Maybe we could also use Drone, but if there’s no .drone.yml but a Dockerfile, use a default .drone.yml:

kind: pipeline
name: default

steps:
- name: docker  
  image: plugins/docker
  settings:
    registry: codeberg.org
    username: momar
    password: blah
    repo: momar/example
    tags: latest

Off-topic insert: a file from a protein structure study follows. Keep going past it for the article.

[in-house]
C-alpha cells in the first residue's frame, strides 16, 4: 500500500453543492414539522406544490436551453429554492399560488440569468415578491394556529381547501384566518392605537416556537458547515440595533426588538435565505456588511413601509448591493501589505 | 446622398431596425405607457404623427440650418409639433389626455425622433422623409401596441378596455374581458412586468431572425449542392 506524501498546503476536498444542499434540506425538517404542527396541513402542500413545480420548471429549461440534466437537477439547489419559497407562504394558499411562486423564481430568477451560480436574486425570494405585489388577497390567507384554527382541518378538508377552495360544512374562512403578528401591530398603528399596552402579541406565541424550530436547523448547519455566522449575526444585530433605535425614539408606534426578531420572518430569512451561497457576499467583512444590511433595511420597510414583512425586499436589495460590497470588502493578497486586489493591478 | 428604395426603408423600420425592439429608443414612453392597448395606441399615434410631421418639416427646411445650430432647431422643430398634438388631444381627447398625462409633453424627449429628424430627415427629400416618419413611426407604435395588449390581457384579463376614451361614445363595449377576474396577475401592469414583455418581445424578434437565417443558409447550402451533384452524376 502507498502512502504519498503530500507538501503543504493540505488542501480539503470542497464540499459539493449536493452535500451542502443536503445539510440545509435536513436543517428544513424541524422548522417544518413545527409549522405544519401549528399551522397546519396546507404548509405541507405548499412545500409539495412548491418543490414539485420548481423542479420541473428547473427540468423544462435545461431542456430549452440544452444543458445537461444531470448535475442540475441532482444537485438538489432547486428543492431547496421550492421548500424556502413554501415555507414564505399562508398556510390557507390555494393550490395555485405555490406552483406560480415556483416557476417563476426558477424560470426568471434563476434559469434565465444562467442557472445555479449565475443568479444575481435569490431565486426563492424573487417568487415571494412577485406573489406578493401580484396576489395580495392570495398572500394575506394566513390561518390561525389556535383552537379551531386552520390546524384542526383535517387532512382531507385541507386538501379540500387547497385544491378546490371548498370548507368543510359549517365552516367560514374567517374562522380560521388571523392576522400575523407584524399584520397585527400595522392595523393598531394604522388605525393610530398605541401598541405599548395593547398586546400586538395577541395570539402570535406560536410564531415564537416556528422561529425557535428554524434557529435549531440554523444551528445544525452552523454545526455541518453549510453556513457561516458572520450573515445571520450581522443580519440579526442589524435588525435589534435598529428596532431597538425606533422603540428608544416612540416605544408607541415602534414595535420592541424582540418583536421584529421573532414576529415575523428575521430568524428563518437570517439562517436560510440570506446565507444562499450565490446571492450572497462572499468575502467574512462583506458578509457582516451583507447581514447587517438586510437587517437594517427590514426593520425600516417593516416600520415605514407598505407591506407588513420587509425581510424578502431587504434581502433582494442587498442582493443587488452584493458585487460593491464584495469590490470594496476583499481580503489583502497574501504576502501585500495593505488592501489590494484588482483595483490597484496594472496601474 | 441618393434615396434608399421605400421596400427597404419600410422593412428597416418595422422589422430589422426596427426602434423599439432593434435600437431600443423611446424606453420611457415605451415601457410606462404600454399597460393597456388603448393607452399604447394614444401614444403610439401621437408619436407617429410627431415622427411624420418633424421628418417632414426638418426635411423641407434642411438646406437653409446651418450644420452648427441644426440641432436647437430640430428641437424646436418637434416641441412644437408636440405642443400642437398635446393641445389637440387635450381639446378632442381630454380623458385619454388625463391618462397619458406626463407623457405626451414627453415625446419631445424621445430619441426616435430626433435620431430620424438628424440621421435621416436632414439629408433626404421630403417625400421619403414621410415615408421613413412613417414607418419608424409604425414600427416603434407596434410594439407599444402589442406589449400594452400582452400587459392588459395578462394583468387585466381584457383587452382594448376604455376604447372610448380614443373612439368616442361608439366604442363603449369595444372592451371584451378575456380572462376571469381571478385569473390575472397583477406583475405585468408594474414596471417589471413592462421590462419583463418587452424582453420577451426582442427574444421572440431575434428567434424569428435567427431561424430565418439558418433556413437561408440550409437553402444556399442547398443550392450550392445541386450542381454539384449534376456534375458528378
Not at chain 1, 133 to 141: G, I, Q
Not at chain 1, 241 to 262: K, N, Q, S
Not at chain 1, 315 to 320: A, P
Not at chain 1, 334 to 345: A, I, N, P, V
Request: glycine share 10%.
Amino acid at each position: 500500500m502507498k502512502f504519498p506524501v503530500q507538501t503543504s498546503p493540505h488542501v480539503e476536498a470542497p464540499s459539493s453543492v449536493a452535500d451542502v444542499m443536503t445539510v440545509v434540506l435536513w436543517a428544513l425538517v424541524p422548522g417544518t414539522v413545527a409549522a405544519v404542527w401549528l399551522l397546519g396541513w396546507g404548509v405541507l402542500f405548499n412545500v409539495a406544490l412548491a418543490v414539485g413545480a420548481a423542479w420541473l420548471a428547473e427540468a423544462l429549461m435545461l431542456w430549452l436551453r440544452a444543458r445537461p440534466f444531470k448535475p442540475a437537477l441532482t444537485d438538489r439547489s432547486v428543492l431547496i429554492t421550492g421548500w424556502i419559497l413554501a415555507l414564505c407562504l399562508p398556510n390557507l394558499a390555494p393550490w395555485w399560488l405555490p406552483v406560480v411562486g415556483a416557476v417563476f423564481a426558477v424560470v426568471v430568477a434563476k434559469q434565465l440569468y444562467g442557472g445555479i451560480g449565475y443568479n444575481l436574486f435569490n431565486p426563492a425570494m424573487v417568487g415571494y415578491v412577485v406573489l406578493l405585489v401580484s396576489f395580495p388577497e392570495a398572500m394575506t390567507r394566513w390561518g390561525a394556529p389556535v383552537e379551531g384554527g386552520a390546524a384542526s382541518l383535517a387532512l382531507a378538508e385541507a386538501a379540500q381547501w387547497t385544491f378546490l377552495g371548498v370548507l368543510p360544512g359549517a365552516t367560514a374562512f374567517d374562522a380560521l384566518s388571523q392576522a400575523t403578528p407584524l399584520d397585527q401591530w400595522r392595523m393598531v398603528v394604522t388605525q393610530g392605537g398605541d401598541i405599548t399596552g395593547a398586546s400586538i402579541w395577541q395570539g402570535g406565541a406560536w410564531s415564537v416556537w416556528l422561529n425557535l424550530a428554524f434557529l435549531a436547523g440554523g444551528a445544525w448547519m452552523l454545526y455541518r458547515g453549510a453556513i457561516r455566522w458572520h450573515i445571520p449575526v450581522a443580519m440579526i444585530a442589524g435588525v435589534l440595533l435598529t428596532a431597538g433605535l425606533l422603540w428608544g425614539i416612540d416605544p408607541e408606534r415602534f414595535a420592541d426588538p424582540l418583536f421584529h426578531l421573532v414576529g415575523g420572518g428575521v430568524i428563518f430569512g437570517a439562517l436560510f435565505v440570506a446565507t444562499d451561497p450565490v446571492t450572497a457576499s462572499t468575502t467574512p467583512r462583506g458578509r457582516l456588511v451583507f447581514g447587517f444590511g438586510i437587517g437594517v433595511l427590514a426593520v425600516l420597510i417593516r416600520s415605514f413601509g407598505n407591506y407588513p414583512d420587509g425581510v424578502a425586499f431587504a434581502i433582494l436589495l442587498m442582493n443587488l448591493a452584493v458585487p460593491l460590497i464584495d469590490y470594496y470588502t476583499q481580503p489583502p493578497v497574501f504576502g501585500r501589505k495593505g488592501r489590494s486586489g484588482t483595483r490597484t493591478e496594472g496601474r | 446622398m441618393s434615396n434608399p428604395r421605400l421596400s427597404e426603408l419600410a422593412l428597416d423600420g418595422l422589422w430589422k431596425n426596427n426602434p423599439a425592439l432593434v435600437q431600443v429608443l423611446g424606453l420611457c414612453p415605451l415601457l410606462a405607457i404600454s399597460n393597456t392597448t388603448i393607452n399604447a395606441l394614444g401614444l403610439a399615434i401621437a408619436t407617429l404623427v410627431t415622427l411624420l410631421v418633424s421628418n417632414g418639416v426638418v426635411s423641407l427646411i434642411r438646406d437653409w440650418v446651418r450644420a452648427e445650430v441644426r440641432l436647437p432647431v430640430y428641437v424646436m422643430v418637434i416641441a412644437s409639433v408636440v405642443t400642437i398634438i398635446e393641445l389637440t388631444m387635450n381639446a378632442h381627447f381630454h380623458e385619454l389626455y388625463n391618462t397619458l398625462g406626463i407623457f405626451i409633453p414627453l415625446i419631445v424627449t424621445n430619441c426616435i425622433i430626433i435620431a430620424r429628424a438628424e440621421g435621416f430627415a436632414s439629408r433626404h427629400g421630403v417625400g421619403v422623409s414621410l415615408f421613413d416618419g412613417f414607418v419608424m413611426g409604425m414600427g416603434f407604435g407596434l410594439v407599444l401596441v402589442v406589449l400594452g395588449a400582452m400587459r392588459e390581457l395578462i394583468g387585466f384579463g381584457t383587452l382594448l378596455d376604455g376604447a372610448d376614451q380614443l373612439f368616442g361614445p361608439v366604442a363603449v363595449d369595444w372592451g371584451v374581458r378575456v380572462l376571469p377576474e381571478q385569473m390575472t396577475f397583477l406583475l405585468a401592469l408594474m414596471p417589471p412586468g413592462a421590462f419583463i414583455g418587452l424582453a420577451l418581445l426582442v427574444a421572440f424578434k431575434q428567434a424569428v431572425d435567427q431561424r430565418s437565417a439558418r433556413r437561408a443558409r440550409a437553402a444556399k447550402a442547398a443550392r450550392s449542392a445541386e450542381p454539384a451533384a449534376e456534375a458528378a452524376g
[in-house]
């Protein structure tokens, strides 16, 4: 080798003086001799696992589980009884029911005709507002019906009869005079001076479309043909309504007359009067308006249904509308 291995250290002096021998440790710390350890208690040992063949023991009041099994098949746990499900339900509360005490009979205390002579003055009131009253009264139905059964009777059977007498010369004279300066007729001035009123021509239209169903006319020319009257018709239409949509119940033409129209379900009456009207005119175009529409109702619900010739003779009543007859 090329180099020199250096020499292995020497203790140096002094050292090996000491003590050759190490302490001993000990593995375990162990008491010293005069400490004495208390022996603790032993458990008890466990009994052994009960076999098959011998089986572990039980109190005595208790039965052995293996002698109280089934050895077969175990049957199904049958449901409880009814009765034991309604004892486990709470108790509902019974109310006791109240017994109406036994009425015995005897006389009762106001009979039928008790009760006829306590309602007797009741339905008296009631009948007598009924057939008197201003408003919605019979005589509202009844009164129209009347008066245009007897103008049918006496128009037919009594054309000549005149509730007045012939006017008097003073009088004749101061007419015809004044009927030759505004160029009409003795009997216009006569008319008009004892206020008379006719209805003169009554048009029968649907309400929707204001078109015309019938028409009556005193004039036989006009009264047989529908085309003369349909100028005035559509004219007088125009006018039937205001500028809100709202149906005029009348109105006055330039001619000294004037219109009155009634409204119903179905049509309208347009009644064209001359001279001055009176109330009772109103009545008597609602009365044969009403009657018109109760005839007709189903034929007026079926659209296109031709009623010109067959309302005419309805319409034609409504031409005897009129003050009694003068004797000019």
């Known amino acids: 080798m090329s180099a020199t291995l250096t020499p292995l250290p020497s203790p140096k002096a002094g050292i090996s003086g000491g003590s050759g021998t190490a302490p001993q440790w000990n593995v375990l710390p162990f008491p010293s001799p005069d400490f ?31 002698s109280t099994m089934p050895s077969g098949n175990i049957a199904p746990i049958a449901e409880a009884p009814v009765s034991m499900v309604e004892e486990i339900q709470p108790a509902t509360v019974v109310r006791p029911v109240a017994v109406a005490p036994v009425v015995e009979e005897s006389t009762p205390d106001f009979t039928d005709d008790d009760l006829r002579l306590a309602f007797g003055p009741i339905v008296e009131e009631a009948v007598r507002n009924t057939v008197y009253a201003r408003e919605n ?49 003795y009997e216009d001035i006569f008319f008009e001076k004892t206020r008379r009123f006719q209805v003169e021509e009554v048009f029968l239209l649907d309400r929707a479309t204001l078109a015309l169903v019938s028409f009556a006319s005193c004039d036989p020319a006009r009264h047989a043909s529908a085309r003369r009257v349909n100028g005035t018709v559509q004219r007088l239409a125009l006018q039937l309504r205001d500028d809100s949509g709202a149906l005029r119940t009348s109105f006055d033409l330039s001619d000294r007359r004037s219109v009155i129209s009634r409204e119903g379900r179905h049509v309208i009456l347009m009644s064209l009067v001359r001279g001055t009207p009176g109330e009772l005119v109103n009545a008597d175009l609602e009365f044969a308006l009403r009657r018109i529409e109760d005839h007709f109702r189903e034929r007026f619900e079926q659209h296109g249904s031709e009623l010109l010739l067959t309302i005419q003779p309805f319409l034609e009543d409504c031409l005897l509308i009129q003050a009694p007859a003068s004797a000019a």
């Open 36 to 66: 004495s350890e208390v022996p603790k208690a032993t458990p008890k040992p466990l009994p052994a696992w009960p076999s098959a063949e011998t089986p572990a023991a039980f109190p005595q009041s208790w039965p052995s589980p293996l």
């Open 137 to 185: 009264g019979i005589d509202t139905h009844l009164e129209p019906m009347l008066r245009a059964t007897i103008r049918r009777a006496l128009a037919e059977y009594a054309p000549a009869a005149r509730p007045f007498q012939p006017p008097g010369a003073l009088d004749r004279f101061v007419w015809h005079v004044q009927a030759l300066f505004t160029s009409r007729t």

> Docker is nice and popular, but a huge number of large and very popular projects running CI unit tests do not use docker (llvm, gcc, +all compilers, tensorflow, mxnet, +all deep learning frameworks, just to name a few examples -- they are not at Codeberg yet, but we surely want to keep the door open;). The problem is that we'd then need a solution to set up an environment - the CI scripts for some of them might work best under Debian, and for others under Ubuntu. With Docker, they can choose, add the files they need and run the scripts they need with minimal effort: ```Dockerfile FROM ubuntu:disco RUN apt-get update && apt-get -y install ... COPY . /build WORKDIR /build RUN make RUN make test RUN make install ``` As Docker is an established standard to set up an isolated environment, I think it's suited perfectly as a basis for a CI - projects who don't want to offer Docker support could still use the example above as a `.cifile` and could skip writing documentation for Docker. For a native script, we'd have to think about isolation and a lot more (so, every build gets its own VM? how about caching of build steps? what about providing multiple distributions? and so on...) > What about hosting drone.io and integrating Gitea with it? The alternative would be Jenkins. Integrating with Gitea is just adding “Jenkins” user as one of member of project. And jenkins/drone.io would have another login page. In my experience, Jenkins needs to be constantly updated to be secure and is mostly suited for single-user/-company deployments. Drone is a great alternative, and I thought a lot about how it could be used with Codeberg, but we'd need to add a possibility to limit resources per user (I think that's not yet possible), and to add/remove servers on demand (which probably somehow would work with Kubernetes). I also miss the possibility to host build artifacts - maybe we could add this to Drone. So yeah, Drone would probably be the easiest and fastest to set up (although we might need to add some features ourselves), while my idea would be using a more widespread standard (Drone also uses Docker, but additionally requires a pipeline file) and could integrate more tightly with a Codeberg Docker Registry (which I think is also being planned in some issue). Maybe we could also use Drone, but if there's no .drone.yml but a Dockerfile, use a default .drone.yml: ```yaml kind: pipeline name: default steps: - name: docker image: plugins/docker settings: registry: codeberg.org username: momar password: blah repo: momar/example tags: latest ```